Intro. Having gone through most of the official philosophy of Objectivism, we can now turn our attention to some of the cultural and sociological aspects of the Objectivism movements. There are two major challenges to making prognostications about the future of Objectivism: (1) the future is inherently unpredictable; and (2) lack of sociological data about Objectivism. For these two reasons what is put forth in this series will be highly conjectural. We'll be dealing with possibilities, not facts, questions, not answers.
Throughout I will be operating on several assumptions:
(1) That Objectivism does not exist in a vacuum. What goes on in society and the world will affect the future course of Objectivism. We saw this on a small scale in 2008, with the financial meltdown followed by Obama's election. These events caused sales of Atlas Shrugged to increase. One can imagine scenarios which could potentially decrease interest in Ayn Rand: for example, major attacks on USA involving weapons of mass destruction, catastrophic climate change, collapse of democratic government in America.
(2) That the political allegiances are rarely made based on purely "rational" reasons. Nearly everyone has ingrained biases, some of them rooted in genetics, others in life experiences, which influences political beliefs. Consequently, it is very difficult to get people to change their political beliefs via argumentation. It rarely happens.
(3) That factionalism is a built-in feature of society. The elites of society are involved in a battle for status and pre-eminence. Non-elites will tend to attach themselves to whichever party of elites best furthers their interests and satisfies their sentiments. The competitive nature of society means that people have no choice but to join forces with like-minded individuals. The few mavericks who refuse join one of the major factions remain isolated and powerless, without a voice within the governing factions.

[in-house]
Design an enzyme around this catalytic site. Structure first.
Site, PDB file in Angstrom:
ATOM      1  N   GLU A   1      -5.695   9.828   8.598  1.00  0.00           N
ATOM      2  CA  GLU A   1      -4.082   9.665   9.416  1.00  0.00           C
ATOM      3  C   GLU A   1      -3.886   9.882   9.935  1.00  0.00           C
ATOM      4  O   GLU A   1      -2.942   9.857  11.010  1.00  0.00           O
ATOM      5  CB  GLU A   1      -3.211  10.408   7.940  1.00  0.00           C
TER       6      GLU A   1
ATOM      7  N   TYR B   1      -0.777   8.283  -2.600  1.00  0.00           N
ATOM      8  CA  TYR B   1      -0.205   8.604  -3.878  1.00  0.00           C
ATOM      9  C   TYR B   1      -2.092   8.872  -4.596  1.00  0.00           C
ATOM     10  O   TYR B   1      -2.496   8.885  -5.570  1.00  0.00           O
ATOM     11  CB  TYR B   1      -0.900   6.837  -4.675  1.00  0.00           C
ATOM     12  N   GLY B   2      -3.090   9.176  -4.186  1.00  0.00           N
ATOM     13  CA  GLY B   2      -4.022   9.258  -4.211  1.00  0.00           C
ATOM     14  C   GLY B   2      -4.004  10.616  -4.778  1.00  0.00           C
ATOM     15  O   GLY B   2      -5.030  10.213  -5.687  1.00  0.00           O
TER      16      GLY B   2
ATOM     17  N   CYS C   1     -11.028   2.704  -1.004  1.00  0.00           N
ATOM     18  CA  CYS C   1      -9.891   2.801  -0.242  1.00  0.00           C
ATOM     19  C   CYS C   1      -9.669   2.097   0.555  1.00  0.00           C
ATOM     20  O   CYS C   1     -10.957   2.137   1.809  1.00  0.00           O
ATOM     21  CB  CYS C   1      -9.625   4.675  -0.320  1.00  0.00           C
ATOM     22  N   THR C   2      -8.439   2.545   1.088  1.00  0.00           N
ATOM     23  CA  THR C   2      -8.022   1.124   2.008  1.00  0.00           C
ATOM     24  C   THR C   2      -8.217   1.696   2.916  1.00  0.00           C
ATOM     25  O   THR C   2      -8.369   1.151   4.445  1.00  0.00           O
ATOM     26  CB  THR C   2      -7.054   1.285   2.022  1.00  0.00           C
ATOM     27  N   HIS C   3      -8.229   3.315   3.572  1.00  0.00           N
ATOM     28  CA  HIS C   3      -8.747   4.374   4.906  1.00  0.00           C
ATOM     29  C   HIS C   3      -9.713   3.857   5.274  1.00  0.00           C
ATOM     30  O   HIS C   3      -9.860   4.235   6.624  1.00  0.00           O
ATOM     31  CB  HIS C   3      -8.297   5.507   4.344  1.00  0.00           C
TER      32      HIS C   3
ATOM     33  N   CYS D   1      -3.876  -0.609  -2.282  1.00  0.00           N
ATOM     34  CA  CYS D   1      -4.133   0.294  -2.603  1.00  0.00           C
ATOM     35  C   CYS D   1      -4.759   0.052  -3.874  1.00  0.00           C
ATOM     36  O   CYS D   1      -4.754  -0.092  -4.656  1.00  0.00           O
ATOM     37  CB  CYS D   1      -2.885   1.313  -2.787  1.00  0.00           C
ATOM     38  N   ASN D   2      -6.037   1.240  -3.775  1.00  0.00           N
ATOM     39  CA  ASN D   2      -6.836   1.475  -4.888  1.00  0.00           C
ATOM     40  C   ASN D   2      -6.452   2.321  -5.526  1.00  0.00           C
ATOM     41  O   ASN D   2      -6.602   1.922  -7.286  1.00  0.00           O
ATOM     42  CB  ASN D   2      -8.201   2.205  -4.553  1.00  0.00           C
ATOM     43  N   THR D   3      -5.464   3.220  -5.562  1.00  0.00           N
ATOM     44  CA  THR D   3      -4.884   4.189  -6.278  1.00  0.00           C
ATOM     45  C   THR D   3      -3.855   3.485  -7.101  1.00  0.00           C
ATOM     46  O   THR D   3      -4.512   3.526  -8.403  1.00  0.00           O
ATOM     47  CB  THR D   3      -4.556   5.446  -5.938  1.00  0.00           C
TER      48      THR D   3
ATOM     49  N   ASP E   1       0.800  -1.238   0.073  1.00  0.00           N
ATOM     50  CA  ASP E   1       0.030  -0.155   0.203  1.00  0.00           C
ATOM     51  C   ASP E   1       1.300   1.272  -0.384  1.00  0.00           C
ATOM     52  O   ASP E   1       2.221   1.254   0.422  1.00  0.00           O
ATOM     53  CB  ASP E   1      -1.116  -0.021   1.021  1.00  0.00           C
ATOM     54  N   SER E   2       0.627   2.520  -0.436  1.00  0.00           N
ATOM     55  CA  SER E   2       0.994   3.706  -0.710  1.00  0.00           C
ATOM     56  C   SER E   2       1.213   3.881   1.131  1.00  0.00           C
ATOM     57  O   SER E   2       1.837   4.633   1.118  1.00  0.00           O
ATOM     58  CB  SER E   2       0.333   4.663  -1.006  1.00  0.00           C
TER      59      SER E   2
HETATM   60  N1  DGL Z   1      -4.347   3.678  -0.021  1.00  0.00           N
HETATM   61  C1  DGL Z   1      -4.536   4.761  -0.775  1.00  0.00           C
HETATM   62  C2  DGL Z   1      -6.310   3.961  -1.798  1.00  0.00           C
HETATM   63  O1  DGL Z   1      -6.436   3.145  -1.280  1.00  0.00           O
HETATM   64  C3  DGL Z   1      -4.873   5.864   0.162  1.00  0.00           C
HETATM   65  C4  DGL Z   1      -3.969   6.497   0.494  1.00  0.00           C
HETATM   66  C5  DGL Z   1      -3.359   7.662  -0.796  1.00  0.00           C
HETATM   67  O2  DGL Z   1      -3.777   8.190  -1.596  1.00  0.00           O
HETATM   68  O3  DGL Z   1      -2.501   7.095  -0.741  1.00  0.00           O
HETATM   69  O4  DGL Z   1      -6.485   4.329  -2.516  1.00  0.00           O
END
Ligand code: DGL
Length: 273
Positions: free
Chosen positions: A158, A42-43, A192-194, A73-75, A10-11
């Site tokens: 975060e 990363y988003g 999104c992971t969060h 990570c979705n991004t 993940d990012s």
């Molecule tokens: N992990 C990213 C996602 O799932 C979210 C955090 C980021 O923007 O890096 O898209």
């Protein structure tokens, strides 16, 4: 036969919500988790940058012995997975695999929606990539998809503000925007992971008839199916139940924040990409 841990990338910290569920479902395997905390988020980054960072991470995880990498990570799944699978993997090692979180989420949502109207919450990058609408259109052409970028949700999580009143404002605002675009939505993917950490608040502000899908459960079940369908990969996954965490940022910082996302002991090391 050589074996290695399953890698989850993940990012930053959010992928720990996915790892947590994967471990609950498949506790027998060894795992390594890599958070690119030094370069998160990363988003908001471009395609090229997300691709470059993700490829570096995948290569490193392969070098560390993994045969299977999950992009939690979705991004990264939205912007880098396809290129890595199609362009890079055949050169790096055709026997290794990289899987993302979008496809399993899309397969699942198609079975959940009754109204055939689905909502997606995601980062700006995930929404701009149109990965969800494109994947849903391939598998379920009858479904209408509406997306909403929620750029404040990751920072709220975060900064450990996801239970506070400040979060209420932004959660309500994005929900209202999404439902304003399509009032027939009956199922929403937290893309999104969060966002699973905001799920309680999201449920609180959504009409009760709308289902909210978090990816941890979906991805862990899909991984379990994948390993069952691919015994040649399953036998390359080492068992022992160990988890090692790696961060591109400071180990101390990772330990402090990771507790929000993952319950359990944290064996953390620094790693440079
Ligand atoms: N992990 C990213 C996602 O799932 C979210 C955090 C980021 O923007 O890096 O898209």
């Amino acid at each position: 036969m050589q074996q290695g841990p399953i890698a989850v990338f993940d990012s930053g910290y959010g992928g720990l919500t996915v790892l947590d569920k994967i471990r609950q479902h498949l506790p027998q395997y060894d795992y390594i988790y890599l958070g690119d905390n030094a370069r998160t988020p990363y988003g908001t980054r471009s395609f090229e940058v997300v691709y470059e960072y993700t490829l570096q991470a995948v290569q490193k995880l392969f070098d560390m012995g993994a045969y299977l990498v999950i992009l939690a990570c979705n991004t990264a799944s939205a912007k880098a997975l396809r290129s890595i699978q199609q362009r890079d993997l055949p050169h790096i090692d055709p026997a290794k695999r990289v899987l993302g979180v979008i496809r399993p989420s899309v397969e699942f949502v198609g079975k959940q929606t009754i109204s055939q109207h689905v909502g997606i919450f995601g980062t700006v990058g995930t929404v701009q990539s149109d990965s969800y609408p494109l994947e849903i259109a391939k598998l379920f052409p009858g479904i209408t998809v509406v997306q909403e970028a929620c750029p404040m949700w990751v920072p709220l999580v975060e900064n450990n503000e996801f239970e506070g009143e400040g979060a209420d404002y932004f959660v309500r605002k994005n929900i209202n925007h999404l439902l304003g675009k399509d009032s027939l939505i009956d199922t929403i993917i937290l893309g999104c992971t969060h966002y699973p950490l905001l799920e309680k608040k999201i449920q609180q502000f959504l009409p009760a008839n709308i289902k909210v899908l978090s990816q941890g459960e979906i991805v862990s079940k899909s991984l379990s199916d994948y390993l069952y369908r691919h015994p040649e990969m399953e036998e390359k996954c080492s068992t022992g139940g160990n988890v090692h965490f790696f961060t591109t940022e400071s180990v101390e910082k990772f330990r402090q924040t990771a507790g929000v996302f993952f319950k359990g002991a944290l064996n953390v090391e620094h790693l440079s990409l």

(4) That the Objectivist movement requires an authority figure to settle inevitable disputes. Since Ayn Rand's "reason" is a myth (there's no such method), and since the Objectivist ethics is a bit vague (lacking, as Nathanial Branden has noted, a "technology"), there exists no sure-fire way of settling the inevitable disputes that arise among various Objectivists in a rational, "objective" manner. Only by having an authority respected by all members of the group can meddlesome issues be arbitrated.
At the present time, the Objectivist movement seems to be involved a generational change. A new generation of Objectivists, led by people who never knew Ayn Rand, is coming to the fore. Leonard Peikoff just turned 80. Harry Binswanger is 69. Andrew Bernstein is 64. Edwin Locke is 75. Michael Berliner and Peter Schwartz are hardly spring chickens. The influence of these older men is dwindling, being replaced by a younger generation led by ARI director Yaron Brook, who is 53. While orthodoxy to Rand's views remains the unquestioned standard, under this younger generation we are seeing a change of emphasis. The older generation, while focusing much of their attention on morality and politics, still had time for the more abstruse and/or dubious areas of Rand's philosophy, such as epistemology, metaphysics, psychology, and history. The new generation seems to be focusing almost exclusively on Rand's views on morality and politics. While maintaining a theoretical hostility towards both libertarianism and conservatism, the new generation appears willing and perhaps even eager to find allies and sympathizers among other factions on the right. It's possible that Leonard Peikoff's paranoia about libertarians and conservatives may pass on when he has shuffled off this mortal coil.
If a more pragmatic attitude toward ideological outreach becomes the norm at ARI in the years to come, how will this affect the future of Objectivism. Will ARI become less of an Ayn Rand cult and more of a free market advocacy group, competing with other free market advocacy groups? Supposing this happens, will the change of emphasis increase or decrease ARI's influence? If, in the future, Objectivism becomes more latitudinarian and less doctrinaire, how will this affect the movement itself? Will the purists revolt? Are there more schisms in store? What will happen to the Kelley schism? Will there finally be a grand reconciliation? Or will divisions within Objectivism only deepen over time, leading to even more infighting and bad blood? In this series on the future of Objectivism, we will explore some of these issues.